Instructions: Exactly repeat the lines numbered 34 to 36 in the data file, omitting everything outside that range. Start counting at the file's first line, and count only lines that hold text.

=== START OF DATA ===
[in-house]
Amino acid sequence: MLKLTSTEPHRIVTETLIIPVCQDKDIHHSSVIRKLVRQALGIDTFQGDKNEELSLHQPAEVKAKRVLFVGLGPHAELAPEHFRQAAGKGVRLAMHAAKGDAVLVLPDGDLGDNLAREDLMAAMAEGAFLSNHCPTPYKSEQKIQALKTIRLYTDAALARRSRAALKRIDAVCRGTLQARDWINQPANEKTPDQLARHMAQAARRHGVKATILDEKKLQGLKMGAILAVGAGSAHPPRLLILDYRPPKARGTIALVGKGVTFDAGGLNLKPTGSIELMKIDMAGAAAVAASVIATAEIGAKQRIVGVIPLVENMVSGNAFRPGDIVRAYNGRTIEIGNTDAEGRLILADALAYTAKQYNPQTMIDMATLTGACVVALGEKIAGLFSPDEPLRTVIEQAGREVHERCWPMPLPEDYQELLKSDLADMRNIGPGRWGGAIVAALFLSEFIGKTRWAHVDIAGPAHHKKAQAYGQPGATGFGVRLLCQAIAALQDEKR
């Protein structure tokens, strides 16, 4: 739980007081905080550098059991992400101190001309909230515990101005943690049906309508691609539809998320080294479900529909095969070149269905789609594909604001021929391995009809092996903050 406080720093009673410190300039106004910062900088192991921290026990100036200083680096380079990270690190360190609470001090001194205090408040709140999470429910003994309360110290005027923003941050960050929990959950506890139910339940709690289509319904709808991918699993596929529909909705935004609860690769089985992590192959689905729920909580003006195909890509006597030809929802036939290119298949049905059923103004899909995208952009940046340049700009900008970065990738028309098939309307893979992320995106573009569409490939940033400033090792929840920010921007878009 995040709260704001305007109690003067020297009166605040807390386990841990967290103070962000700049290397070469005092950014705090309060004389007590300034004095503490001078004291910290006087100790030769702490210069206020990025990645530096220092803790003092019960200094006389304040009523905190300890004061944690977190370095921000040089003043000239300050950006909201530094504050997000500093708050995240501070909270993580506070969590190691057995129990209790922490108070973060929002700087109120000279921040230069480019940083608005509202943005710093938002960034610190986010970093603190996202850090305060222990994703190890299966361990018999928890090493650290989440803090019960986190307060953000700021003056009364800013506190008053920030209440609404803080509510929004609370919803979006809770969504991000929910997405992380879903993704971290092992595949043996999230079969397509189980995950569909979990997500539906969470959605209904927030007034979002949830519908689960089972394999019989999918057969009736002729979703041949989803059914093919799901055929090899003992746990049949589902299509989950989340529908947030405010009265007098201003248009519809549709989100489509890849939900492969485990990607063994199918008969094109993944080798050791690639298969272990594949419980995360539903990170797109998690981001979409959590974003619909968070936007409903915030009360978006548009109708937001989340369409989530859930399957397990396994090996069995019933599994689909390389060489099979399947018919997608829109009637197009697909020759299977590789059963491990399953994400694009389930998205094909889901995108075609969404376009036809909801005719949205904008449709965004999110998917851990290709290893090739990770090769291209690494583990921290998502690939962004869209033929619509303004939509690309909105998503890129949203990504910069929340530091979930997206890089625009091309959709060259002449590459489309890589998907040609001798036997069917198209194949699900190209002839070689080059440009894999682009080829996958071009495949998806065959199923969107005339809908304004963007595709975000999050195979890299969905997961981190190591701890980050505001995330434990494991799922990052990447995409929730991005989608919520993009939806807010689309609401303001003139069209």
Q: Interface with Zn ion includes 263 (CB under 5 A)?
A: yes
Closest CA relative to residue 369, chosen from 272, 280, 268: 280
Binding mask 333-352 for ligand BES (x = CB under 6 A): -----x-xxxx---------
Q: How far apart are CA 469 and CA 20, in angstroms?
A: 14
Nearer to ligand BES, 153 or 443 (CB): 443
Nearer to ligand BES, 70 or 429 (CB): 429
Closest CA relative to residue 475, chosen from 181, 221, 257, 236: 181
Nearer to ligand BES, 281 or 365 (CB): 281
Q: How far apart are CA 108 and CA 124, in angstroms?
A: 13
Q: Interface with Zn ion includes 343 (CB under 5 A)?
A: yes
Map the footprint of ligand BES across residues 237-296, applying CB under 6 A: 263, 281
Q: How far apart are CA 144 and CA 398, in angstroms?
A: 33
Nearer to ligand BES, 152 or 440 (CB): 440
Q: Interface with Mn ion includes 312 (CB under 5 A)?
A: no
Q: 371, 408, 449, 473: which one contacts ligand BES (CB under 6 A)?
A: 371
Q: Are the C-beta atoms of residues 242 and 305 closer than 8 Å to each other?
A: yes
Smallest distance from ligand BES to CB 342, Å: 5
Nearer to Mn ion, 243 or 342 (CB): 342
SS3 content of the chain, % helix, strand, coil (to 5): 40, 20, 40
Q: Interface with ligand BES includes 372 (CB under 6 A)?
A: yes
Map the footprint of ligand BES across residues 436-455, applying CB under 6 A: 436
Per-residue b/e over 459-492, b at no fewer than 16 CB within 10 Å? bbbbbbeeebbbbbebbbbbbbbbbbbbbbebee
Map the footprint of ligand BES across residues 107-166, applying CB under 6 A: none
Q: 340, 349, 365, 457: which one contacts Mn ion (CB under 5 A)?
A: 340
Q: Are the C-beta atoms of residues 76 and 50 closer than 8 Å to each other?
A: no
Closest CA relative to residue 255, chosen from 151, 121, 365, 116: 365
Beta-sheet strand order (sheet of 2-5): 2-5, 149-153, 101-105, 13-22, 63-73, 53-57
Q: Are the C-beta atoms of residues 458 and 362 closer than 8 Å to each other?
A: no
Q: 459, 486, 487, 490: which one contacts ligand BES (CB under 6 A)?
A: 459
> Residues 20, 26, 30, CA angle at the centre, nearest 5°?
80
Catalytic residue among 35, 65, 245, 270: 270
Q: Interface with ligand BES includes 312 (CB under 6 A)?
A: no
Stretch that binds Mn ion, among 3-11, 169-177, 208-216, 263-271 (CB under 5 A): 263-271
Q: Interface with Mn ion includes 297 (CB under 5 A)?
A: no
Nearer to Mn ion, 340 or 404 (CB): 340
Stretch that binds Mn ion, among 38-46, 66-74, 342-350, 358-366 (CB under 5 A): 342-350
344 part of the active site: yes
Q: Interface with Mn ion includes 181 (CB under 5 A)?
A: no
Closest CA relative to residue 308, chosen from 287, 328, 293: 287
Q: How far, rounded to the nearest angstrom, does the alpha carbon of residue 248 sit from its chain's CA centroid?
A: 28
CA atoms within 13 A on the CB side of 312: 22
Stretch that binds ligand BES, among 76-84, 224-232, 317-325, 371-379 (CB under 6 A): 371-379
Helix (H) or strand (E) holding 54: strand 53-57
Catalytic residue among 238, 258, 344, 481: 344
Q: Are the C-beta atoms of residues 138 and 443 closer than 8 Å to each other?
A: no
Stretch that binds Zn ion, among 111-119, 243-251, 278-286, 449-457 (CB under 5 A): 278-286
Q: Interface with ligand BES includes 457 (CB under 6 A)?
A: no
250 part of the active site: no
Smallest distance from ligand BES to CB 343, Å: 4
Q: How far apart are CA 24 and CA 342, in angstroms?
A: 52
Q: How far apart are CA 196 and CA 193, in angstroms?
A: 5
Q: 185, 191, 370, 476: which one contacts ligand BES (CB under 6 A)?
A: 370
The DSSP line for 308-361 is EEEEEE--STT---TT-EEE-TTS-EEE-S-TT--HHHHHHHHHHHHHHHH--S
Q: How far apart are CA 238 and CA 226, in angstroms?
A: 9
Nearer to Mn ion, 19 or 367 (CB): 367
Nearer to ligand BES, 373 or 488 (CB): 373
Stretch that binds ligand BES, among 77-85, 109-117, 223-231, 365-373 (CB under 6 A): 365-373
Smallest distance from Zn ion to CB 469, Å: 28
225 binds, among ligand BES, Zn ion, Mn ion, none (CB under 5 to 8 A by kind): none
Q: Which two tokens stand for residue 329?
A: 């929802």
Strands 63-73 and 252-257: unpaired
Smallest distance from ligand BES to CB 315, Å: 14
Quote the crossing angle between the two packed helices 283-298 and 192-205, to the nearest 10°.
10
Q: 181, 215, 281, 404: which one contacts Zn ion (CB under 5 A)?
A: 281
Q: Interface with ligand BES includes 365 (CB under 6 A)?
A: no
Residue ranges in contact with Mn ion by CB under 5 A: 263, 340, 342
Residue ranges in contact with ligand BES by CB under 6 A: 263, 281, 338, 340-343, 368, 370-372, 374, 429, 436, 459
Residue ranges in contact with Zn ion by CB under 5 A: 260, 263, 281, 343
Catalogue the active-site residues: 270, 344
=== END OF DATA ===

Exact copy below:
Per-residue b/e over 459-492, b at no fewer than 16 CB within 10 Å? bbbbbbeeebbbbbebbbbbbbbbbbbbbbebee
Map the footprint of ligand BES across residues 107-166, applying CB under 6 A: none
Q: 340, 349, 365, 457: which one contacts Mn ion (CB under 5 A)?